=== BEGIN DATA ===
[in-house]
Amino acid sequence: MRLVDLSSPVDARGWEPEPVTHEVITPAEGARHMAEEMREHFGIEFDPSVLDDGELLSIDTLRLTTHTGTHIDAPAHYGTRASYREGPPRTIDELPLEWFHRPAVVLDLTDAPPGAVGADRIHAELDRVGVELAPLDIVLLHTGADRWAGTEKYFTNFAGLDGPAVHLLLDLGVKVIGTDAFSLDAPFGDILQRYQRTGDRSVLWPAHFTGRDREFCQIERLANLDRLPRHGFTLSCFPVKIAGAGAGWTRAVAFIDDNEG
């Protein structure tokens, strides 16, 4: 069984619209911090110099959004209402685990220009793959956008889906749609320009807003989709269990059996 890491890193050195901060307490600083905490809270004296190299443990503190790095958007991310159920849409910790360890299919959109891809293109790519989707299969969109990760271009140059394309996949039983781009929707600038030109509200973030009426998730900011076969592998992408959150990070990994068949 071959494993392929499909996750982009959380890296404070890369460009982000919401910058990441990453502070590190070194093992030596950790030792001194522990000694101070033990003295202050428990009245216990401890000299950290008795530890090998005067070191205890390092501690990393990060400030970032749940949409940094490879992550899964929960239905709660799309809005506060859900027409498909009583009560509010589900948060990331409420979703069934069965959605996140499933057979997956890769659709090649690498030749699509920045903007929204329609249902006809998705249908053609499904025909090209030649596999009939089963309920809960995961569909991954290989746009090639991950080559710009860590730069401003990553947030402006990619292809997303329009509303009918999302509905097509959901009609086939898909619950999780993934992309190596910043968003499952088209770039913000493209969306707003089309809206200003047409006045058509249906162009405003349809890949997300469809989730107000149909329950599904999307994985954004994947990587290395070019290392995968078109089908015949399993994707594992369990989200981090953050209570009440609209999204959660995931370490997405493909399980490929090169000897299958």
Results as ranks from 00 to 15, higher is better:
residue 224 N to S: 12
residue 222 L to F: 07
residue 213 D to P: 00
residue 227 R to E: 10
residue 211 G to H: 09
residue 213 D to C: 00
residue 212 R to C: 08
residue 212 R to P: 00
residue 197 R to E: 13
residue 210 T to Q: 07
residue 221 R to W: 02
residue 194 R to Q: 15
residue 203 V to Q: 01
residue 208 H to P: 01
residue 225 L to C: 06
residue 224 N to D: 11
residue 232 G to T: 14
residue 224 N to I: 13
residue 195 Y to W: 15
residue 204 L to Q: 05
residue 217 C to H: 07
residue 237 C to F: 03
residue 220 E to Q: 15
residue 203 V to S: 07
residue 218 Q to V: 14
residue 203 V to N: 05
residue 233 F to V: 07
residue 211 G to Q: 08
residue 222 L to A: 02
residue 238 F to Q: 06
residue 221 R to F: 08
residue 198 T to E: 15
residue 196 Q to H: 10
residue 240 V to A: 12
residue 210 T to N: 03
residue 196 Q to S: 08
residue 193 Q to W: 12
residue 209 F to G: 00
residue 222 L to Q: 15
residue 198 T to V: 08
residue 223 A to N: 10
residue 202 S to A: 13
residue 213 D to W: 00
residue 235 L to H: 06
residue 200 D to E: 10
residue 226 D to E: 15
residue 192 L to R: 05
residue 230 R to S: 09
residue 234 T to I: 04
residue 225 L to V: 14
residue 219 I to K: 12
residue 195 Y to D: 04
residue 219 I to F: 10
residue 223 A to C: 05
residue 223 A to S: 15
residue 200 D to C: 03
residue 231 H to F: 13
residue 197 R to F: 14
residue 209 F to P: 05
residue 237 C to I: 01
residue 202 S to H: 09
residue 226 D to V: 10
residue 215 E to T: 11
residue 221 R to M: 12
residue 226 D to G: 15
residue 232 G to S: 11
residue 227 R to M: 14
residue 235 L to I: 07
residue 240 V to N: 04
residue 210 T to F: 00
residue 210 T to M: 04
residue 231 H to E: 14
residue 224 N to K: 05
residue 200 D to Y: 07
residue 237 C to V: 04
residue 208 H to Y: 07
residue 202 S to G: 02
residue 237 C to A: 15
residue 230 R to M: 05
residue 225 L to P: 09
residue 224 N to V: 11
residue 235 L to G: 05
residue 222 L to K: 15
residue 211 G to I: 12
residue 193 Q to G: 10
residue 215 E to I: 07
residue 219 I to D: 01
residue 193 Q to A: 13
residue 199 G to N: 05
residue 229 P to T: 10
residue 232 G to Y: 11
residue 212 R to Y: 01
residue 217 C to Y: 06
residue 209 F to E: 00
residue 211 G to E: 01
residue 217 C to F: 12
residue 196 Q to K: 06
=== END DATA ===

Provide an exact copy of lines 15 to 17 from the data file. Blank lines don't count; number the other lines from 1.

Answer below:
residue 221 R to W: 02
residue 194 R to Q: 15
residue 203 V to Q: 01